Showing posts from June, 2012

Background tasks (continuous code) in the Cloud: Cloud Foundry beats AWS and Azure

Introduction I have a background task collection I need run, continuously, but with different timer intervals for each task. It is a critical part of my web services and provides the data gathering and transformations the make the web service valuable. How should I package the code and where should I deploy it? Only in the cloud.   As the cloud space is moving faster than I can write this, any of this could be outdated by the time you reader it. Consider Time, Money, and Ease of Deployment In struggling with where to deploy the code, I considered the cloud cost, the time to learn and build the solution as well as any cloud gothchas. I’m now on my sixth cloud provider trying to determine if they are the best at background tasks. Why? Because background tasks are where the heavy lifting happens. I want to spend my time getting that heavy lifting correct and not fighting with the cloud environment. Background Task Defined Just to be clear, I consider a background task any co

Steps for Consuming XML data in .Net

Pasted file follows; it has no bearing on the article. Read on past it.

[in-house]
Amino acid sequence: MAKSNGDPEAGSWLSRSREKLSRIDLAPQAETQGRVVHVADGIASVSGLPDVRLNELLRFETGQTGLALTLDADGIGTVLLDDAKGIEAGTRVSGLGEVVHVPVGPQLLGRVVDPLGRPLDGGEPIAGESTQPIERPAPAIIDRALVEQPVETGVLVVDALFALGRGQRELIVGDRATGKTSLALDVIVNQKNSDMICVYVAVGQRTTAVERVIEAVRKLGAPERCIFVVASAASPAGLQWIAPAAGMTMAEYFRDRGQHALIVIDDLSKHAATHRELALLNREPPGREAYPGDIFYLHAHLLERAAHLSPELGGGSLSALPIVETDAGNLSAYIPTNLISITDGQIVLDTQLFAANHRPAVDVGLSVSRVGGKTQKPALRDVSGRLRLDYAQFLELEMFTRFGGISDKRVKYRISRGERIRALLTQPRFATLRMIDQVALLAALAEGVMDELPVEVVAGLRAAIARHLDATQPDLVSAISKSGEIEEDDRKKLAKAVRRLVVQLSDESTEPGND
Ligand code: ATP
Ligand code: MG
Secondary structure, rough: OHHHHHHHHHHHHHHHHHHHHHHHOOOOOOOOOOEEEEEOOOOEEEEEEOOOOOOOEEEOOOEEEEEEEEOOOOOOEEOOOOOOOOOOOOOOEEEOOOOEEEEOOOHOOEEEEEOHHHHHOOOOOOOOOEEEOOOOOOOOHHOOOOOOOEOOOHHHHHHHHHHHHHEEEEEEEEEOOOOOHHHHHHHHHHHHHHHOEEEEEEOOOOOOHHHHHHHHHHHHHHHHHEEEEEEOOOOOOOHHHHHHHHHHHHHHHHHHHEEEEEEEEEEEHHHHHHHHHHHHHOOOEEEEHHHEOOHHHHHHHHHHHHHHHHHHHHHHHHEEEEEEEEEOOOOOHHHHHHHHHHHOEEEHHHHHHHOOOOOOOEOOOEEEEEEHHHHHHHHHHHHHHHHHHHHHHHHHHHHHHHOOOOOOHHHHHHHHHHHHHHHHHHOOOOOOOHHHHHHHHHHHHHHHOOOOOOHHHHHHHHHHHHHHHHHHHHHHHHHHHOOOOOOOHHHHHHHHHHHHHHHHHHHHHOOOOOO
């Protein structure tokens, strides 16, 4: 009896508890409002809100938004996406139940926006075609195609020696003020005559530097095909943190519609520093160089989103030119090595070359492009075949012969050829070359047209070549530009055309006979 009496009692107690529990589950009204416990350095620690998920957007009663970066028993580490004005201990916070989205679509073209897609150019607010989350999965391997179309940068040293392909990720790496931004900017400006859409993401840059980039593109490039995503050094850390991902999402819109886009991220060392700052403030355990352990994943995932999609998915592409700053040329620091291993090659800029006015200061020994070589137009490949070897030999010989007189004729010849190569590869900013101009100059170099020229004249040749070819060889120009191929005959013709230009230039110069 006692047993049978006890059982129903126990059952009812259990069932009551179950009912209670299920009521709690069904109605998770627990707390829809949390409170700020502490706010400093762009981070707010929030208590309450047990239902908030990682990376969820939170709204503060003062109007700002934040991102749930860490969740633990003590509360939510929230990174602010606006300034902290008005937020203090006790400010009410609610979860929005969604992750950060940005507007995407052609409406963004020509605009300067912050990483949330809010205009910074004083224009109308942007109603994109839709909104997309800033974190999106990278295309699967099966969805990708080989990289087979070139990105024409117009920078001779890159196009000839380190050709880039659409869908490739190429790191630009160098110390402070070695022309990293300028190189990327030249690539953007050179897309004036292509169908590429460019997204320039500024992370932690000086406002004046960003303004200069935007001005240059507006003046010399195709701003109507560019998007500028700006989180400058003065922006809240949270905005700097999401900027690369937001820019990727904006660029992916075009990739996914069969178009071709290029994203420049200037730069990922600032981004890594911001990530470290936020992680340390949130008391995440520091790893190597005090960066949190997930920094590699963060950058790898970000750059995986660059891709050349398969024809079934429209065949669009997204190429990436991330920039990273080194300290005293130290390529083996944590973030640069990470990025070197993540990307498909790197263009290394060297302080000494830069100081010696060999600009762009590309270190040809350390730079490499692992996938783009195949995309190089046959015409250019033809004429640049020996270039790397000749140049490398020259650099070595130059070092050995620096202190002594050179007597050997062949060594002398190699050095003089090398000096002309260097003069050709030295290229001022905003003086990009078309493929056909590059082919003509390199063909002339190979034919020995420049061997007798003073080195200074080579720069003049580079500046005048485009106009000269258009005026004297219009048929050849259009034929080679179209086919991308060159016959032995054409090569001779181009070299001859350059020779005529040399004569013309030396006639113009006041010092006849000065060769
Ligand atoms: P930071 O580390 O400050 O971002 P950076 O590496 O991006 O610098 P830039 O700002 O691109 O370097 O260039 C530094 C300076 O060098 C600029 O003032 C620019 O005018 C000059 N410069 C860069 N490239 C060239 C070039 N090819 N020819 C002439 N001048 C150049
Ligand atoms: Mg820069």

Introduction While consuming third-party RSS feeds, I found I had to relearn how to deal with XML data. This post is meant to prepare any developer who needs to consume XML which they do not control. While I used RSS feeds, any XML will apply. I wanted to change the meta data and data of the XML file into a model of data that I could control with .Net classes and conventional data storage.   This post is organized to take you from an xml file to .Net classes able to consume, serialize, and test the xml. Generating an XSD file from an XML file using Xsd.exe The first step is to make sure you have the XML Schema Definition tool, xsd.exe , installed. It is part of the .Net Framework tools . Make sure the executable location is part of the system path , user path, or command prompt path. On my computer the path is “C:\Program Files (x86)\Microsoft SDKs\Windows\v7.0A\Bin” and I added it to the system path so it is available at any command prompt, regardless of the user.   Separate ou